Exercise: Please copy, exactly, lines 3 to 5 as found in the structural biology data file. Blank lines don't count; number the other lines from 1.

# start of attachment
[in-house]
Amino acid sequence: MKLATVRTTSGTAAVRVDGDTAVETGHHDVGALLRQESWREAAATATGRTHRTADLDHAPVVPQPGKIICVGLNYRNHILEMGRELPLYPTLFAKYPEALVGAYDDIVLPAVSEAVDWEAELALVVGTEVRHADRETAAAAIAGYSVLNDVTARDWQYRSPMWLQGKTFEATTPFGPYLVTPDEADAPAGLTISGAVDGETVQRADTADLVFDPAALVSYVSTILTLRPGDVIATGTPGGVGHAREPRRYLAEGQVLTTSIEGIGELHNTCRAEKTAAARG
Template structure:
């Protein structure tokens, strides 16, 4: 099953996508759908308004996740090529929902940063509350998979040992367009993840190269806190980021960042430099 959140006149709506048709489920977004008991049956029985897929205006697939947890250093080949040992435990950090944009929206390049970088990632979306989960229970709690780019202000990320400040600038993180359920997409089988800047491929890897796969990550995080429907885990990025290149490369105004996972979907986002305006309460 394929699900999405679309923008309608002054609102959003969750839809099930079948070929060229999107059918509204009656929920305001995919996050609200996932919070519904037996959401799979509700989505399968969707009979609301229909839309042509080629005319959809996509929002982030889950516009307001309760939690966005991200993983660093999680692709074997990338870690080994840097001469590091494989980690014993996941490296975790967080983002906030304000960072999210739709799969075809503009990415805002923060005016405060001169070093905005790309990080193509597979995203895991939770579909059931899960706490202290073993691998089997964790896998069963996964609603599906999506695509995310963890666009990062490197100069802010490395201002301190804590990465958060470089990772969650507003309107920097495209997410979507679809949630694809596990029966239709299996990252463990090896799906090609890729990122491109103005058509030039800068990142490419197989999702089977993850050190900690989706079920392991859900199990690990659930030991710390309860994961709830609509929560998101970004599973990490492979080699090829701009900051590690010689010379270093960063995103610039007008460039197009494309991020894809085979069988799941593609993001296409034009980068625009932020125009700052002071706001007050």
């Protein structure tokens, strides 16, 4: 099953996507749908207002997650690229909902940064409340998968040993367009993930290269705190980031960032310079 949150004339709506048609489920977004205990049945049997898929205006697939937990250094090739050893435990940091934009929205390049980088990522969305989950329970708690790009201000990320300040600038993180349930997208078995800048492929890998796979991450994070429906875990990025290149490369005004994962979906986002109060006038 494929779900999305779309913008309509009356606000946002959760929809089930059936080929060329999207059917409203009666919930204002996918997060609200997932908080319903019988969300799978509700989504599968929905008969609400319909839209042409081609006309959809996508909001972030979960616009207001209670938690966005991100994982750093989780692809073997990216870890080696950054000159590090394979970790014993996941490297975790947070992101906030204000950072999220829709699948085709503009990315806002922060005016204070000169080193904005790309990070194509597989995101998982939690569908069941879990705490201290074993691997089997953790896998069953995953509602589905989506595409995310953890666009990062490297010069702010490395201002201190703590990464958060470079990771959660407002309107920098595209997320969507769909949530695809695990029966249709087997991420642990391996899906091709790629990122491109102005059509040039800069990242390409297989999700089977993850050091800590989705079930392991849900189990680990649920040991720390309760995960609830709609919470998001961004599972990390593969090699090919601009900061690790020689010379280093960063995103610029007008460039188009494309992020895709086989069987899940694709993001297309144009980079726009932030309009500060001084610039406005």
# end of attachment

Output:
Template structure:
């Protein structure tokens, strides 16, 4: 099953996508759908308004996740090529929902940063509350998979040992367009993840190269806190980021960042430099 959140006149709506048709489920977004008991049956029985897929205006697939947890250093080949040992435990950090944009929206390049970088990632979306989960229970709690780019202000990320400040600038993180359920997409089988800047491929890897796969990550995080429907885990990025290149490369105004996972979907986002305006309460 394929699900999405679309923008309608002054609102959003969750839809099930079948070929060229999107059918509204009656929920305001995919996050609200996932919070519904037996959401799979509700989505399968969707009979609301229909839309042509080629005319959809996509929002982030889950516009307001309760939690966005991200993983660093999680692709074997990338870690080994840097001469590091494989980690014993996941490296975790967080983002906030304000960072999210739709799969075809503009990415805002923060005016405060001169070093905005790309990080193509597979995203895991939770579909059931899960706490202290073993691998089997964790896998069963996964609603599906999506695509995310963890666009990062490197100069802010490395201002301190804590990465958060470089990772969650507003309107920097495209997410979507679809949630694809596990029966239709299996990252463990090896799906090609890729990122491109103005058509030039800068990142490419197989999702089977993850050190900690989706079920392991859900199990690990659930030991710390309860994961709830609509929560998101970004599973990490492979080699090829701009900051590690010689010379270093960063995103610039007008460039197009494309991020894809085979069988799941593609993001296409034009980068625009932020125009700052002071706001007050």
């Protein structure tokens, strides 16, 4: 099953996507749908207002997650690229909902940064409340998968040993367009993930290269705190980031960032310079 949150004339709506048609489920977004205990049945049997898929205006697939937990250094090739050893435990940091934009929205390049980088990522969305989950329970708690790009201000990320300040600038993180349930997208078995800048492929890998796979991450994070429906875990990025290149490369005004994962979906986002109060006038 494929779900999305779309913008309509009356606000946002959760929809089930059936080929060329999207059917409203009666919930204002996918997060609200997932908080319903019988969300799978509700989504599968929905008969609400319909839209042409081609006309959809996508909001972030979960616009207001209670938690966005991100994982750093989780692809073997990216870890080696950054000159590090394979970790014993996941490297975790947070992101906030204000950072999220829709699948085709503009990315806002922060005016204070000169080193904005790309990070194509597989995101998982939690569908069941879990705490201290074993691997089997953790896998069953995953509602589905989506595409995310953890666009990062490297010069702010490395201002201190703590990464958060470079990771959660407002309107920098595209997320969507769909949530695809695990029966249709087997991420642990391996899906091709790629990122491109102005059509040039800069990242390409297989999700089977993850050091800590989705079930392991849900189990680990649920040991720390309760995960609830709609919470998001961004599972990390593969090699090919601009900061690790020689010379280093960063995103610029007008460039188009494309992020895709086989069987899940694709993001297309144009980079726009932030309009500060001084610039406005």